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Microsoft 'retaliated' against employees who took paid vacation - now they'll be paid more than $14 million

Microsoft 'retaliated' against employees who took paid vacation - now they'll be paid more than $14 million
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Microsoft will pay $14.4 million to settle a case in California over allegations of retaliation against employees who took legally protected time off.

The California Department of Fair Employment and Housing has already announced the proposed settlement. After approval by a state judge, almost all the money will go to California employees who took leave to care for a child, family member, or disability leave from 2017 to present and who chose to participate in the settlement.

The Department stated that "Microsoft's challenged policy and practice have a negative discriminatory impact based on gender and disability." Employees reported feeling concern about retaliation after requesting protected leave.

According to the complaint, Microsoft does not do enough to prevent managers from considering protected leave when evaluating an employee's "impact." This factor is used to calculate annual bonuses, promotions, stock rewards, and merit increases. Microsoft, headquartered in Redmond, Washington, employs about 6,700 people from California out of a total of 221,000.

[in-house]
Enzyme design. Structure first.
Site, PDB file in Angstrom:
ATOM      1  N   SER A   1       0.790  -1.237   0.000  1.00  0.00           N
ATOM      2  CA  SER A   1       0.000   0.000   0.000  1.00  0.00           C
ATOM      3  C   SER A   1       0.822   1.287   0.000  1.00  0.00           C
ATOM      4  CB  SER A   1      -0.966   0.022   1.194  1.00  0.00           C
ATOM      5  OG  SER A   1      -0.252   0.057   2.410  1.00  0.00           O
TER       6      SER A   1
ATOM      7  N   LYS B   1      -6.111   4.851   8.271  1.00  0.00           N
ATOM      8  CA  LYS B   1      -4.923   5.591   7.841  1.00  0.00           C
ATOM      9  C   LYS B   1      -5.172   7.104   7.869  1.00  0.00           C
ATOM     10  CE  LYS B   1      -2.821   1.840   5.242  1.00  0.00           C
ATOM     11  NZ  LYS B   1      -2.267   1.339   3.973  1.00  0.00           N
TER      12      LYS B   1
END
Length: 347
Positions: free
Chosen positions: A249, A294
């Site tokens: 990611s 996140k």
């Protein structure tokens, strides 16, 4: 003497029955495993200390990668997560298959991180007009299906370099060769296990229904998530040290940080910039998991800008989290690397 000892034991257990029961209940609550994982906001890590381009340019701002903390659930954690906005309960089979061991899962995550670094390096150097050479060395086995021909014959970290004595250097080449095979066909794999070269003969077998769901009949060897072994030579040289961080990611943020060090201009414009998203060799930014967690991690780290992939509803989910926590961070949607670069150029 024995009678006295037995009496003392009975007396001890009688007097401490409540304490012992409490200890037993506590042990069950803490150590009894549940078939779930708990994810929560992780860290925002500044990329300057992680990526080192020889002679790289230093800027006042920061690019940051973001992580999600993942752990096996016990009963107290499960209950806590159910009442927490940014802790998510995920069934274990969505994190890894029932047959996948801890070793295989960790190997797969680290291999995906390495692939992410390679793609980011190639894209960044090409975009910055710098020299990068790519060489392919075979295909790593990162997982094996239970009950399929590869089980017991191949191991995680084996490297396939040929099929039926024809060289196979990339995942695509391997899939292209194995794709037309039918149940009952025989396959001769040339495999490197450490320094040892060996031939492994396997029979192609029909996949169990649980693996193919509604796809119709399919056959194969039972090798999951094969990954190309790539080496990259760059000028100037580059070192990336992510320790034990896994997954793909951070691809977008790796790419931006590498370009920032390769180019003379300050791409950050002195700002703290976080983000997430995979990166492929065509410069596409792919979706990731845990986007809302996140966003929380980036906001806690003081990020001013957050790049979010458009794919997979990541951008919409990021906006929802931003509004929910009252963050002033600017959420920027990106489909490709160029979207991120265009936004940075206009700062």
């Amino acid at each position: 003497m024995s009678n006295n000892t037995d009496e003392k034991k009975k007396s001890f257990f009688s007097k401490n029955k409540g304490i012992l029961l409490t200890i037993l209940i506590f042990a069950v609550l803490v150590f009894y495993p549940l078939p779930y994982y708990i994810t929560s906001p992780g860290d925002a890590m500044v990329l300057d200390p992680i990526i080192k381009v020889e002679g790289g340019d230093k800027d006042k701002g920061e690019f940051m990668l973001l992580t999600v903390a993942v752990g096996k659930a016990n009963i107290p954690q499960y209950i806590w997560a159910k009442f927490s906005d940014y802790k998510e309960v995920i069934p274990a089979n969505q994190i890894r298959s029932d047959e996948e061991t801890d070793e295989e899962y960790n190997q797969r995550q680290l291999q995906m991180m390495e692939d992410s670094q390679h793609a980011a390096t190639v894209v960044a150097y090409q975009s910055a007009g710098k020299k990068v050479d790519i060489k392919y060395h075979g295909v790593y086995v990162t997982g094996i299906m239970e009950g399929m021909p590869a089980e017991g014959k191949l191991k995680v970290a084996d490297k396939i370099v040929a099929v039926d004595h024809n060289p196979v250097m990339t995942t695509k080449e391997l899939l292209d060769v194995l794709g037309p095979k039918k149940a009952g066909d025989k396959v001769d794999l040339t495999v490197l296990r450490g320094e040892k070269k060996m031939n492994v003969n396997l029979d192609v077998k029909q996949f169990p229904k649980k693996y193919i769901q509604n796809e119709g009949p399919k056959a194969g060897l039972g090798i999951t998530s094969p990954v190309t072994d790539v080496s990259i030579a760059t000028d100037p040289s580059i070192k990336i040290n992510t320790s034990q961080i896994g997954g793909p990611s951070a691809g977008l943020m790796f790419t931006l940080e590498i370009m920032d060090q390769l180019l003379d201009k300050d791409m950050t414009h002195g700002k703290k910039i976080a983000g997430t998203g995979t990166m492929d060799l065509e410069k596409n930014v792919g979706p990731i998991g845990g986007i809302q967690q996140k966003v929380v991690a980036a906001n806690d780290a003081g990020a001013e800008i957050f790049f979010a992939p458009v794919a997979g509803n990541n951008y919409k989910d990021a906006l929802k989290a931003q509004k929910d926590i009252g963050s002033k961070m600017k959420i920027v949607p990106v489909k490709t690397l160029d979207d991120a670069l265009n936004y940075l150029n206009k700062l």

As part of the global agreement, Microsoft will conduct training for direct supervisors and second-level supervisory staff of California employees, as well as for HR personnel dealing with bonuses and merit increases. Leaders will also receive guidance not to take protected leave into account when making "impact" decisions. APTMetrics consultants will be responsible for compliance monitoring.

At the same time, under the leadership of CEO Satya Nadella, Microsoft has sought to diversify its leadership team and become more sensitive to issues related to harassment and discrimination. The percentage of women at the partner, manager, and director levels has increased over the years. According to the company's latest diversity report, in 2023, women made up 31.2% of the Microsoft workforce, up from 27.6% in 2019. In 2022, after a shareholder vote, Microsoft announced it would review its rules regarding sexual harassment and gender discrimination after a third-party report identified issues with the company's complaint handling.

Source: nbcwashington

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